Is Paris always a good idea? The answer is yes, especially if the tour guides are two of the city’s most legendary producers and DJs – Breakbot and Irfane – who will be showing you the real Paris that they know and love on YouTube.

The brainchild of Singapore-based events agency Collective Minds, “Paris My Neighbourhood” is a street-style documentary filmed in partnership with Ed Banger Records and the Embassy of France in Singapore. It is part of vOilah! 2020, the annual festival that showcases the best of French and Singaporean innovation and creativity.


Irfane and Breakbot have been travelling with us around Asia many times and for almost a decade now. This idea was spawned by our trip to Paris last year, when this dangerous duo showed us around instead,” says Zaran, Co-Founder of Collective Minds. “Their Paris was very different from the Paris we see in the movies. Despite current travel restrictions, we still want to wander the world so we thought this would be the perfect antidote. We can transport ourselves to their neighbourhood, even if it’s just for a few minutes.”

Besides seeing the beauty of Paris through their visionary eyes, the documentary will spotlight their favourite places for music, arts and culture, as well as food and drinks. The documentary also features cultural icon Busy P (real name Pedro Winter), the founder of Ed Banger Records.

We had never done something like this before and that comes with a little stress. But we are grounded by the vision of wanting the documentary to be as genuine and intimate as possible, reflecting our – Breakbot and I – daily lives in the 18th arrondissement of Paris (Barbès). It’s a lively place with a great socioeconomic and demographic diversity, like much of Singapore,” Irfane comments.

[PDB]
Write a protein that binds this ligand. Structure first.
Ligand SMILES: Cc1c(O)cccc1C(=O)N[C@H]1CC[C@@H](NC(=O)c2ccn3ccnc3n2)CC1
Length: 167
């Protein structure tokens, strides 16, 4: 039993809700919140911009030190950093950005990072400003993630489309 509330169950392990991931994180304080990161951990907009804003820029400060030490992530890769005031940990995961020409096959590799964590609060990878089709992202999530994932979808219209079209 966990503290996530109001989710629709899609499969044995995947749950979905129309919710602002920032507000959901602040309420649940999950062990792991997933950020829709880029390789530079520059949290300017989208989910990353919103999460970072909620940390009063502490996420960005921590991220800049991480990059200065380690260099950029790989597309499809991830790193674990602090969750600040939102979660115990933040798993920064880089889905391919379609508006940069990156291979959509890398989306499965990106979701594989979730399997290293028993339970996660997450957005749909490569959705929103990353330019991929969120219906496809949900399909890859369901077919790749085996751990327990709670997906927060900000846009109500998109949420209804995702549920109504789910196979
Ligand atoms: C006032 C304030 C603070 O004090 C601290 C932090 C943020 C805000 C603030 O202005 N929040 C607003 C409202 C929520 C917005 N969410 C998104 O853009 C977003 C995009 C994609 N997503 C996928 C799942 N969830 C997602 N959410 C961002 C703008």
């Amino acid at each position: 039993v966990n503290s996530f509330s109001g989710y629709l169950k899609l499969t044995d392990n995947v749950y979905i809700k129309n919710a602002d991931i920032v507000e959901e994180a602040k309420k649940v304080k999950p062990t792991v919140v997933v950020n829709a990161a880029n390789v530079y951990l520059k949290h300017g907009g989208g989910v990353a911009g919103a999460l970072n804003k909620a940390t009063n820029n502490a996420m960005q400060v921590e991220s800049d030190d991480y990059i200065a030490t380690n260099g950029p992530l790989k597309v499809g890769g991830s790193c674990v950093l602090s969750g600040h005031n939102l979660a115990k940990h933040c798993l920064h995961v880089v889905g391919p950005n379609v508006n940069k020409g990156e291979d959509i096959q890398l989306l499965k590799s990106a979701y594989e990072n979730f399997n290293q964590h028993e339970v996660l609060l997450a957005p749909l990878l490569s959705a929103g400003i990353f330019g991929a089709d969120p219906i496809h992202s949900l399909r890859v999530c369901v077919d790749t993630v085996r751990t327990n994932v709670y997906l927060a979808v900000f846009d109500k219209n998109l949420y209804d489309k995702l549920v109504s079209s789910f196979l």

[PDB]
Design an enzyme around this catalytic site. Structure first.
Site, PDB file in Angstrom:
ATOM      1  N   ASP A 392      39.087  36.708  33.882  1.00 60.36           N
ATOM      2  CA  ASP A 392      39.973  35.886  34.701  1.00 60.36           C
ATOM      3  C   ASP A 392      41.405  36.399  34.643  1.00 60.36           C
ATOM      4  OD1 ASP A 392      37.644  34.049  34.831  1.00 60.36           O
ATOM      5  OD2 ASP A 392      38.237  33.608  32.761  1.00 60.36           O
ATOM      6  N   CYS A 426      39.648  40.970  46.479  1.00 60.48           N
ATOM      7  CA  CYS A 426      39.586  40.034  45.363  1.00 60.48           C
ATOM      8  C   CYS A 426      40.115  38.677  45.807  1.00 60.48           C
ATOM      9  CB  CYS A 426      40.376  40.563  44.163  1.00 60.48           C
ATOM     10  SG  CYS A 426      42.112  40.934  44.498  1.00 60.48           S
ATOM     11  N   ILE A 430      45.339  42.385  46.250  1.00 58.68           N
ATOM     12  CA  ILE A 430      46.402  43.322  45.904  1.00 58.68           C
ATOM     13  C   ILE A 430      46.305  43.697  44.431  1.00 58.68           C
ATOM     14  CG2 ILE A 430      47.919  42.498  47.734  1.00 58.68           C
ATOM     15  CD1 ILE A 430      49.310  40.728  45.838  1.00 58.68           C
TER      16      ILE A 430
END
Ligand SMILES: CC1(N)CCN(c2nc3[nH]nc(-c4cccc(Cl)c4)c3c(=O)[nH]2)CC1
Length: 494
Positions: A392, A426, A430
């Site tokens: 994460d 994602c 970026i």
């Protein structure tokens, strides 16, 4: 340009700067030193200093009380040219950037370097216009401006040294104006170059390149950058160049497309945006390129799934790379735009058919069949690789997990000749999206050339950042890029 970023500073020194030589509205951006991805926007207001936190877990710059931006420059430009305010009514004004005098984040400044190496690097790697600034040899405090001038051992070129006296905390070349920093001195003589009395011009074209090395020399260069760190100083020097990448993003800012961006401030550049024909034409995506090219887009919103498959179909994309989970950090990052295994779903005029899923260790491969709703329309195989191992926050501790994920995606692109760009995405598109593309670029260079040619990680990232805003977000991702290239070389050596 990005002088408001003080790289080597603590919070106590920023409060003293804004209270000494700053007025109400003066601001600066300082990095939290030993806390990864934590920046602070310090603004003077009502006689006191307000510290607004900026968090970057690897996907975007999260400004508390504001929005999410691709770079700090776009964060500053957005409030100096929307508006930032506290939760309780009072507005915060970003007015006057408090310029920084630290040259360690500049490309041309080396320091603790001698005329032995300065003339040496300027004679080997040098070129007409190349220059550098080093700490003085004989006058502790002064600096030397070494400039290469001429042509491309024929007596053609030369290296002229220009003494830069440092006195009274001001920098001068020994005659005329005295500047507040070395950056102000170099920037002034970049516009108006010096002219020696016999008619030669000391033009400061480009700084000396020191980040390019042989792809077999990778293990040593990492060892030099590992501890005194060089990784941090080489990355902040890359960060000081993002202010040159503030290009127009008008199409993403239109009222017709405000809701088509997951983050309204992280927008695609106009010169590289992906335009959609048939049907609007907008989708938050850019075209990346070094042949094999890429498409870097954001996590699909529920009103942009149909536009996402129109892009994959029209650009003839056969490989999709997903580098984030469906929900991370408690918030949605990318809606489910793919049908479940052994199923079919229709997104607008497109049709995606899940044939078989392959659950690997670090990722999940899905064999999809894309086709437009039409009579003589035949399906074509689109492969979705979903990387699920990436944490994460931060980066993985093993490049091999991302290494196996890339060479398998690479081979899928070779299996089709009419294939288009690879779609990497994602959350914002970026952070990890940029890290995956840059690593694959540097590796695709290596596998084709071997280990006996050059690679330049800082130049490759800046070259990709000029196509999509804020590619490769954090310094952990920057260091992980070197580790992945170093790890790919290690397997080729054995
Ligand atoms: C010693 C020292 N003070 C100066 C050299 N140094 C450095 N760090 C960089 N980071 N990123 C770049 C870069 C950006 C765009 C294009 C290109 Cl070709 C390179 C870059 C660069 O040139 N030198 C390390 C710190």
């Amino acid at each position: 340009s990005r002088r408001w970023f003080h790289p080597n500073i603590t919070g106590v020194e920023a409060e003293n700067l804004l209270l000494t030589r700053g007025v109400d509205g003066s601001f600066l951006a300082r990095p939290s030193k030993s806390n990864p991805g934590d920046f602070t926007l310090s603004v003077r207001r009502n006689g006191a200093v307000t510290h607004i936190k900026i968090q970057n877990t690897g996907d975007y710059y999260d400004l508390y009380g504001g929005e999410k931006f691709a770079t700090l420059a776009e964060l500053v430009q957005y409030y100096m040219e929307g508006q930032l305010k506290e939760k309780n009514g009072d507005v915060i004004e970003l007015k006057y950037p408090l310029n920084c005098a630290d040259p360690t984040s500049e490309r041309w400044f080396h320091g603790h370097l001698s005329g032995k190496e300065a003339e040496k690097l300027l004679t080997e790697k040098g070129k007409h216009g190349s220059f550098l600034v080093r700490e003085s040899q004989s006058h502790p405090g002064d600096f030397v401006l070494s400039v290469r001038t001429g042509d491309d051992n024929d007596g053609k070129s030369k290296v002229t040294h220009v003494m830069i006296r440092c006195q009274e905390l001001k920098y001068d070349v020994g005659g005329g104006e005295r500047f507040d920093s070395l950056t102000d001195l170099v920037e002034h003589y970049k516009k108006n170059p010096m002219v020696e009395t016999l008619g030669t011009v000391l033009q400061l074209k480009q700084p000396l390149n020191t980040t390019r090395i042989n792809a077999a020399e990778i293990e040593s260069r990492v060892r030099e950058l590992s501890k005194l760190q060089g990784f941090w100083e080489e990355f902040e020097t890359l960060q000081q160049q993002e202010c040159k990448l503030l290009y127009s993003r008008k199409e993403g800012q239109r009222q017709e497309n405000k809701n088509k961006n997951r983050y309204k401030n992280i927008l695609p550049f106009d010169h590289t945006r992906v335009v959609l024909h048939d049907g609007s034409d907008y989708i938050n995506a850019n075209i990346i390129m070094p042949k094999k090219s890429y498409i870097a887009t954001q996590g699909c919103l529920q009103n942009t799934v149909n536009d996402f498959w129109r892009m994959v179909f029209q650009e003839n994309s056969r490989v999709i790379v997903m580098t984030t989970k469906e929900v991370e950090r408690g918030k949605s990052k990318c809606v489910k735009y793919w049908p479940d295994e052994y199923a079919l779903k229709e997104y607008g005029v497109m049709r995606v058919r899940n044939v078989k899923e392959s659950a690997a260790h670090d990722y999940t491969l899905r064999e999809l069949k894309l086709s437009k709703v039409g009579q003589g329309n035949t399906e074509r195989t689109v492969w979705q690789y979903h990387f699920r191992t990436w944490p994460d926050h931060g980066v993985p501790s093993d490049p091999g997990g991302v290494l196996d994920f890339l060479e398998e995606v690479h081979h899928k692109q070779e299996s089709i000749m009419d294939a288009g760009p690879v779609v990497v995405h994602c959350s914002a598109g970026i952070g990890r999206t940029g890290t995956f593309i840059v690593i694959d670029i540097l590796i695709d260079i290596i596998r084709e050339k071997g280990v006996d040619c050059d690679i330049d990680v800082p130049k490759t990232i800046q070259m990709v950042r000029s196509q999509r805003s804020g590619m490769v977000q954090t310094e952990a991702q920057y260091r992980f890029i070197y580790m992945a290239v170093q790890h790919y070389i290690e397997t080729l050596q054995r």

The feature is heavily influenced by Breakbot and Irfane’s priorities in life – food and music – and for a sneak peek on what the series has to offer, please see some of the itinerary highlights below:
● Go crate digging at the best record stores in Paris like Balades Sonores and Dizonord.
● Appreciate contemporary art (Galerie Ruttowksi) and film at Cinémathèque Française
and Bibliothèque François Truffaut.
● Breakbot and Irfane’s gastronomic journey in Barbès for quality French brasserie
cuisine, natural wine bar and small plates restaurant Déviant, and the only cheesemaker
in Paris, La Laiterie de Paris.
● See French fashion at its best at Porte de Clignancourt design flea market.
● Visit music studios like Ed Banger Records, Motorbass Studio and Monsieur Francis
Vanot’s synth repair store.

Matthieu Dartiguenave, the Regional Music Attaché at the Embassy of France in Singapore, also shares, “The vOilah! France Singapore Festival highlights the strategic partnership between the two countries, and the Ed Banger label is deeply connected to the City-State. Each time the artists of the collective visit, it is a huge success! Even though travelling is no longer possible, ‘Paris My Neighbourhood’ is an online invitation to wander in the Paris of Breakbot and Irfane – a multicultural Paris of chance encounters where lifestyle, cuisine and personalities meet – and to discover Paris as you’ve never seen it before.”

1. Could you provide 2-3 more insider spots for either arts and culture, music or F&B?